Social Security benefits will go up by 3.6 percent in 2012 to adjust for the living costs. Social Security benefits have not increased since 2009. The increase is welcome news for retirees in this difficult economic climate. Many retirees, however, will see much of that boost devoured by increased Medicare premiums. Source of article: Social Security benefits to increase for the first time since 2009
It’s been some time
With The Cost of living Adjustment (COLA), retired Americans can expect an increase in their income. In 2012, there will be a $42.57 increase every month in pay. The average payment for Social Security right now is very high. It is around $1,182.40 right now. Last year and 2011, there was not an adjustment to COLA because of the low inflation.
Changes to Medicare
Social Security benefits are also connected to Medicare premiums. The boost in Social Security income will also allow for the very first increase in Medicare Part B rates since 2009. Doctor’s visits and outpatient services are all covered with Medicare Part B. A Centers on Medicare & Medicaid Services spokesperson declared that by the end of Oct, all Medicare Part B rates for 2012 will be explained.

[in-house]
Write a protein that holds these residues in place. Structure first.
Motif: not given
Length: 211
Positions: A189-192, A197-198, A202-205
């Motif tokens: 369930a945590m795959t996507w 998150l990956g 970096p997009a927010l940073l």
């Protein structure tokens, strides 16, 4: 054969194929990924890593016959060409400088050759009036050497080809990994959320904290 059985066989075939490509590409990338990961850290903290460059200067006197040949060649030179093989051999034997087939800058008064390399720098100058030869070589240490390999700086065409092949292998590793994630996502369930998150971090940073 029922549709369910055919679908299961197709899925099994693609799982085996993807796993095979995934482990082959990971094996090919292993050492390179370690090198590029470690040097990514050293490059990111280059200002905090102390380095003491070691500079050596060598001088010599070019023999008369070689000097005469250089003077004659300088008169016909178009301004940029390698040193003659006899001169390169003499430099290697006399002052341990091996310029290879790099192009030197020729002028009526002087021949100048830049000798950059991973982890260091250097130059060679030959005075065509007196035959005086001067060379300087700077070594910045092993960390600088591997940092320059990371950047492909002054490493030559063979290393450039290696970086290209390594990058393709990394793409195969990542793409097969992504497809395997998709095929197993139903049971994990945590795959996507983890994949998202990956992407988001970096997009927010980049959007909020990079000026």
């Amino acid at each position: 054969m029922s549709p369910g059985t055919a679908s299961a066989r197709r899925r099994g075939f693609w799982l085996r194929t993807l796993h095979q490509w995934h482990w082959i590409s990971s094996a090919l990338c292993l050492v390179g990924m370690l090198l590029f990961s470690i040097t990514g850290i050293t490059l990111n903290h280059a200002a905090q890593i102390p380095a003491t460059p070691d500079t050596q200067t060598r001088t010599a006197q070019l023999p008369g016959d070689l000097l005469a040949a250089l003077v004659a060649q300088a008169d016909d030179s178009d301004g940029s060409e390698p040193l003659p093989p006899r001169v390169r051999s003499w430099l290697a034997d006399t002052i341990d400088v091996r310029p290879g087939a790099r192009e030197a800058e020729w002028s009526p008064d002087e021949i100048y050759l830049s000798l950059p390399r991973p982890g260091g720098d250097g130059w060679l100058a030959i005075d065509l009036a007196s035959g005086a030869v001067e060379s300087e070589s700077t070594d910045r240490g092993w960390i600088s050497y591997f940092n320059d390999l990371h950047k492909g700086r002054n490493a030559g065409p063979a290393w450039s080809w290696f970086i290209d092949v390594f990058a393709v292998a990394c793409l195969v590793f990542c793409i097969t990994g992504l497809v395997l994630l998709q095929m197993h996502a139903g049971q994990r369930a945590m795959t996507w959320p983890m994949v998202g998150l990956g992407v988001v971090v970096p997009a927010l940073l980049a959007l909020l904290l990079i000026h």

Social Security COLA increases means the ceiling for payroll taxes also increased. There has been a fairly low ceiling. Since 2009, it has been around $106,800. It will go to $110,100 by 2012. Social Security payments will not decrease from year to year with the “hold harmless” clause. Since there was no COLA boost for 2010 and 2011, no boost was allowed in the Part B Medicare rates for existing beneficiaries. A lot of people pay the $94.60 monthly premium. That is the suit for about 75 percent of beneficiaries.
Paid by wealthier beneficiaries
The law for Social Security says that Medicare Part B Premiums have to pay 25 percent of every little thing. All covered services have to have these rates on them. To be able to provide that 25 percent, high-earning beneficiaries are going to have to pick up some of the slack since costs for health care are going up and most beneficiaries have had their rates frozen. The wealthiest of the brand new beneficiaries might be paying close to 80 percent of provider costs.